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Old 09-29-2011, 01:30 PM   #1
windquest OP
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The Ultimate Canol Thread:

2 great reasons to start this thread...
1) Since this topic often comes up a few times a year I thought I would compile all the threads about the Canol here to make it easier for inmates to locate information about this road/trail.
2) Myself and inmate b.ringrose are planning on attempting to ride the complete North Canol. Since a lot of planning will be required, a central place to discuss, ponder, and plan is in order.

Advrider.com Links about the Canol from previous threads:
N. Canol Road
Canol Trail Question
North Canol Road
Canol Road
Canol road: attempt #1
North Canol Road Anyone?
Up The South Canol Road
Digs on the Canol /

Links about the Canol from other sources:
Motorcycle Explorer
Long Trails Hiking the Canol in 1998
Canol Heritage Trail (WARNING: website has popups)
Canol Trail Hiking
moore adventure
ryan murdock (very high quality pictures)
Gravel Travel (thanks Deadly99!) ( excellent site with tons of pictures)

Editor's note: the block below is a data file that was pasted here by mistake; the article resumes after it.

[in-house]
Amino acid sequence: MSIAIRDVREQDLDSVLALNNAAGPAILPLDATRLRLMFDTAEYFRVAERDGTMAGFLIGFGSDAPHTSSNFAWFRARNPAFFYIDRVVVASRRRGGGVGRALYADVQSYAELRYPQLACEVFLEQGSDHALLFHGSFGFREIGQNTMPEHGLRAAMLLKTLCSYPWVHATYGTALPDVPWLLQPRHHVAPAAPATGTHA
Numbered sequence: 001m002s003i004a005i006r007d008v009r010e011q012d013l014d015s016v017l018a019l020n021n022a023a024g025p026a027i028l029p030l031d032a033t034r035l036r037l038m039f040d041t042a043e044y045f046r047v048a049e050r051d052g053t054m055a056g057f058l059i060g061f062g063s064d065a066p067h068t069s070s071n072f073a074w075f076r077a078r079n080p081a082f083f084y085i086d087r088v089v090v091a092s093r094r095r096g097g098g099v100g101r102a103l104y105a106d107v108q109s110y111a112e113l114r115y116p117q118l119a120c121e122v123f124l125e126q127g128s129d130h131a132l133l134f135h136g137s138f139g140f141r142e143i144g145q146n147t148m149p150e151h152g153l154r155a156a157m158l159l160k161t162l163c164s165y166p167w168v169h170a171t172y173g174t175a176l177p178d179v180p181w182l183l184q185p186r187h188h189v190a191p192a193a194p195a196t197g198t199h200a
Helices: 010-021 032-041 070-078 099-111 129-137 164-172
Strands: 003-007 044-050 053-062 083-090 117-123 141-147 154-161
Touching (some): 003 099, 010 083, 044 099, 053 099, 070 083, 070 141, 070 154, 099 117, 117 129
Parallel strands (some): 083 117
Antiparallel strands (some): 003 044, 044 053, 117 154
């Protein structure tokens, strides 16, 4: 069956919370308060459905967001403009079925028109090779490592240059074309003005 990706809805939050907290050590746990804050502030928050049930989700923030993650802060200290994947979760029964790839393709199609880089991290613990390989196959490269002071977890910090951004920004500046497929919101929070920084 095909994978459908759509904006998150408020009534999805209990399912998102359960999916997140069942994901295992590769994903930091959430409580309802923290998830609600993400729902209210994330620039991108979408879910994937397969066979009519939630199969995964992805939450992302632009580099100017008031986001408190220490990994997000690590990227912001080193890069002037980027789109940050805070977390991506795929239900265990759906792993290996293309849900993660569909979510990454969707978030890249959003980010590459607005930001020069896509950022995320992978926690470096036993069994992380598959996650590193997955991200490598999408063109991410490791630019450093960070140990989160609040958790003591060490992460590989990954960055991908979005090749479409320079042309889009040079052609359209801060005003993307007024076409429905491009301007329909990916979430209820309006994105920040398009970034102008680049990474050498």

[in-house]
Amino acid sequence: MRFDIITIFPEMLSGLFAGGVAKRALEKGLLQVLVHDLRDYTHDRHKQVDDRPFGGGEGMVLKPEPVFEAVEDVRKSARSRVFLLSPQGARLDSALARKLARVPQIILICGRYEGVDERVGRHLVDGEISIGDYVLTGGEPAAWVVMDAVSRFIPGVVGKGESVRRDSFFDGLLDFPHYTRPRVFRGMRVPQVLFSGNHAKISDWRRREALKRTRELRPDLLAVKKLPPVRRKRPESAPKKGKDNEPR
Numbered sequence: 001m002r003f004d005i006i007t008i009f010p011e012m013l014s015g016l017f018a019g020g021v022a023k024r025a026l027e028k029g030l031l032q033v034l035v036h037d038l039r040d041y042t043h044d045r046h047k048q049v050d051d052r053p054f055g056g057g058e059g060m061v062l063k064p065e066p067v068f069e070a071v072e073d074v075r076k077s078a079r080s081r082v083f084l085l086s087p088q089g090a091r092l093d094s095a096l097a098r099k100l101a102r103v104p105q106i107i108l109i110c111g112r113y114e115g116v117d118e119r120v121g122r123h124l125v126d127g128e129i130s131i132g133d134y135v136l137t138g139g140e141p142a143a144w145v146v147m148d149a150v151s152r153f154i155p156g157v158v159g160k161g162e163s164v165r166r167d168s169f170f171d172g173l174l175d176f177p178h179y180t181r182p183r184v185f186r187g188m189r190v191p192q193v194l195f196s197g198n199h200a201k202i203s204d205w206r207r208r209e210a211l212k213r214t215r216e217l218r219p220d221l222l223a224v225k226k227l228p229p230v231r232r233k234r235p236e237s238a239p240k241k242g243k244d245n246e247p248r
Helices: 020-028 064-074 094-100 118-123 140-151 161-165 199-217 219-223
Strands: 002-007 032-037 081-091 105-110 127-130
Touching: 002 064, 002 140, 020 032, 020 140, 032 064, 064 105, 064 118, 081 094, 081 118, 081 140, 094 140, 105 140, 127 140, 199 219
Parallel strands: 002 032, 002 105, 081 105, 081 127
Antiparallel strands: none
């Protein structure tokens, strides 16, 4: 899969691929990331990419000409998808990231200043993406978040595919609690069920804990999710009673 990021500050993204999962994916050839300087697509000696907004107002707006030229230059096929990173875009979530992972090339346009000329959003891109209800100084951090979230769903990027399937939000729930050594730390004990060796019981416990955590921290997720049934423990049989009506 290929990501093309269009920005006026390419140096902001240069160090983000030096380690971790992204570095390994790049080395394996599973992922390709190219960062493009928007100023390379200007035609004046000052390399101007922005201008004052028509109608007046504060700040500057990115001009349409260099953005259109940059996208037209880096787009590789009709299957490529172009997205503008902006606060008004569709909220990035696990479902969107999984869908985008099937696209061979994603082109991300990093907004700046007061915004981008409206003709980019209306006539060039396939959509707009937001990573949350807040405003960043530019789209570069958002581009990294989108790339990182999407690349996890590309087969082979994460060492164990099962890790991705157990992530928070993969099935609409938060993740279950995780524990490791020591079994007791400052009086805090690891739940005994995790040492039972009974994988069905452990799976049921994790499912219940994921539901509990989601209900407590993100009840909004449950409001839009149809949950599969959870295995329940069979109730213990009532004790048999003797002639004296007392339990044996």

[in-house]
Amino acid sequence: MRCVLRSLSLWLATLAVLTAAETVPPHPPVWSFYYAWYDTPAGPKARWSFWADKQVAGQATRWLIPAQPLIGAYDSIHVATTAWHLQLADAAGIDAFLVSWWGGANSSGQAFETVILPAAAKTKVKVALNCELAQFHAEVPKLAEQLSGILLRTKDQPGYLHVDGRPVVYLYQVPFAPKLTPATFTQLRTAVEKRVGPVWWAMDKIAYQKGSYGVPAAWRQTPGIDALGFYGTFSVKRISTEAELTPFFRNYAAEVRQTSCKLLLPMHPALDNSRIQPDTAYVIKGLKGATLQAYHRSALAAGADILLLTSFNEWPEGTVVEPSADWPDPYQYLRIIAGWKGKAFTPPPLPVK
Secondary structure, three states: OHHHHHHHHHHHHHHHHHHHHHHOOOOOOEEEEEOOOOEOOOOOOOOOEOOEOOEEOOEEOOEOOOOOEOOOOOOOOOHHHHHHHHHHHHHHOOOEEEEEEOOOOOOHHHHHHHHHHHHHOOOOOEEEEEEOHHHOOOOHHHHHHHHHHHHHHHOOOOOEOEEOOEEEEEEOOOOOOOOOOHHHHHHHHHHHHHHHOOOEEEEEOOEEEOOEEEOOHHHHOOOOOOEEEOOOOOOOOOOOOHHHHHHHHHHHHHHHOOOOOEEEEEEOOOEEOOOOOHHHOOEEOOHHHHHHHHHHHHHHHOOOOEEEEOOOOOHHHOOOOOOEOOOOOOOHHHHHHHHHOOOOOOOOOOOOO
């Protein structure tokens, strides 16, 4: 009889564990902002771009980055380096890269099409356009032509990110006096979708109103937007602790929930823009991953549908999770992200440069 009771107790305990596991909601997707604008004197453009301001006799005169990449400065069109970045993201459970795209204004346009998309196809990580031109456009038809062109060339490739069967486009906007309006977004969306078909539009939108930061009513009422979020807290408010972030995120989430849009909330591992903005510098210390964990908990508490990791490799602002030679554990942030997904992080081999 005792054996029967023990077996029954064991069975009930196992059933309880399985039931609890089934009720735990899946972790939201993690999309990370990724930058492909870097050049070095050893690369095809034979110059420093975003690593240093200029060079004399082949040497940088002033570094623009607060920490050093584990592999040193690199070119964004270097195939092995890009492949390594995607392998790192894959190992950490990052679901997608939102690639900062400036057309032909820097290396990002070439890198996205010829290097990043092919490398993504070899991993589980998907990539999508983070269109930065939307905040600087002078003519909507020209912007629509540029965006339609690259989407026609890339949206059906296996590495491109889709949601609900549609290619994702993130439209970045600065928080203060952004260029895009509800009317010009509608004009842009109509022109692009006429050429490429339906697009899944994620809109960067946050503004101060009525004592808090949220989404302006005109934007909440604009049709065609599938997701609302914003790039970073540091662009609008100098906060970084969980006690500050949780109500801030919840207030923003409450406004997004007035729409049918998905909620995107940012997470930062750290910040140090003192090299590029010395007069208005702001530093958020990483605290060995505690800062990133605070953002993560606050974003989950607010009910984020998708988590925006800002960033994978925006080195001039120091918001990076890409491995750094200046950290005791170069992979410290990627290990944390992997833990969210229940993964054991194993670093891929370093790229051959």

Field & Stream with Jim Baird and Mike Shea and their attempt at the Canol...in quads
(main page)
(part 1)
(part 2)
(part 3)
(part 4)
(part 5)
(part 6)
(part 7)
(part 8)
(part 9)
(part 10)
(part 11)
(part 12)
(part 13)
Video of Bikepacking the North Canol from Anthony Delorenzo

Few facts of the Canol...
-The North Canol is approximately 575km from Camp Canol(Norman Wells) to Ross River
-The South Canol is approximately 219km from Ross River to Johnson Crossing
-Most people that hike or bycicle the North Canol go West to East
-The North Canol has no gas supply between Ross River and Norman Wells
-The only lodging along the North Canol is here: Dechenla Adventure Nature Tours It's expensive and the services are basic due to its remoteness. It can be found 276km east of Ross River.

Bike for the Trip:
The HONDA XR250R (96-04) ended up being chosen as the bike for this trip due to durability, weight, suspension, power, fuel economy, large availability of aftermarket parts.